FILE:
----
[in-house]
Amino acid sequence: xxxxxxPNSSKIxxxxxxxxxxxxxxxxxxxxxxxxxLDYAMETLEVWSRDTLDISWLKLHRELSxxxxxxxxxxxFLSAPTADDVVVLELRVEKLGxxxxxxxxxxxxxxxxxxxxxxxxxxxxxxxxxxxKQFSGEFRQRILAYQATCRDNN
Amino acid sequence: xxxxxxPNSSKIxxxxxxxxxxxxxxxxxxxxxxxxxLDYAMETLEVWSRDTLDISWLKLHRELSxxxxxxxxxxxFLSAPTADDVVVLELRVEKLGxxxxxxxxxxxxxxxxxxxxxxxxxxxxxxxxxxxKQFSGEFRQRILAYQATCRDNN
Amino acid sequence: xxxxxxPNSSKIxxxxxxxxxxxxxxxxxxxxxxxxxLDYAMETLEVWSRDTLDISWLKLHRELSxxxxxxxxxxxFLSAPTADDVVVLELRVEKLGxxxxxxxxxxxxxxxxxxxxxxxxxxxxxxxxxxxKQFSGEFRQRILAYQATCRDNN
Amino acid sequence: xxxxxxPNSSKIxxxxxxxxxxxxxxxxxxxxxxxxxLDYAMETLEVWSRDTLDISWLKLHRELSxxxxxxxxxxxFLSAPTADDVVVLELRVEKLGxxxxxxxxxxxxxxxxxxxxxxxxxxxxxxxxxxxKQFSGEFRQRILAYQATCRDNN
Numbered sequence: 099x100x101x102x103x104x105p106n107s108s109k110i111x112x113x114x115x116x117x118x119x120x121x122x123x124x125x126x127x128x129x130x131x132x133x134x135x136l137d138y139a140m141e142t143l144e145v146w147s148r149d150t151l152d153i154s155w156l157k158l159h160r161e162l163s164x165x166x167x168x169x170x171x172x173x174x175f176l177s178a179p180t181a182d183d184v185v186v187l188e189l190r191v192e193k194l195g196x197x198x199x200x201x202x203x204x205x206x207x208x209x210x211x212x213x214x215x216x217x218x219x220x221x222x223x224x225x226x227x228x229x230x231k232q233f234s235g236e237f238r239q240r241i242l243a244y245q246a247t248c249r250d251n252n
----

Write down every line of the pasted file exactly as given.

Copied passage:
[in-house]
Amino acid sequence: xxxxxxPNSSKIxxxxxxxxxxxxxxxxxxxxxxxxxLDYAMETLEVWSRDTLDISWLKLHRELSxxxxxxxxxxxFLSAPTADDVVVLELRVEKLGxxxxxxxxxxxxxxxxxxxxxxxxxxxxxxxxxxxKQFSGEFRQRILAYQATCRDNN
Amino acid sequence: xxxxxxPNSSKIxxxxxxxxxxxxxxxxxxxxxxxxxLDYAMETLEVWSRDTLDISWLKLHRELSxxxxxxxxxxxFLSAPTADDVVVLELRVEKLGxxxxxxxxxxxxxxxxxxxxxxxxxxxxxxxxxxxKQFSGEFRQRILAYQATCRDNN
Amino acid sequence: xxxxxxPNSSKIxxxxxxxxxxxxxxxxxxxxxxxxxLDYAMETLEVWSRDTLDISWLKLHRELSxxxxxxxxxxxFLSAPTADDVVVLELRVEKLGxxxxxxxxxxxxxxxxxxxxxxxxxxxxxxxxxxxKQFSGEFRQRILAYQATCRDNN
Amino acid sequence: xxxxxxPNSSKIxxxxxxxxxxxxxxxxxxxxxxxxxLDYAMETLEVWSRDTLDISWLKLHRELSxxxxxxxxxxxFLSAPTADDVVVLELRVEKLGxxxxxxxxxxxxxxxxxxxxxxxxxxxxxxxxxxxKQFSGEFRQRILAYQATCRDNN
Numbered sequence: 099x100x101x102x103x104x105p106n107s108s109k110i111x112x113x114x115x116x117x118x119x120x121x122x123x124x125x126x127x128x129x130x131x132x133x134x135x136l137d138y139a140m141e142t143l144e145v146w147s148r149d150t151l152d153i154s155w156l157k158l159h160r161e162l163s164x165x166x167x168x169x170x171x172x173x174x175f176l177s178a179p180t181a182d183d184v185v186v187l188e189l190r191v192e193k194l195g196x197x198x199x200x201x202x203x204x205x206x207x208x209x210x211x212x213x214x215x216x217x218x219x220x221x222x223x224x225x226x227x228x229x230x231k232q233f234s235g236e237f238r239q240r241i242l243a244y245q246a247t248c249r250d251n252n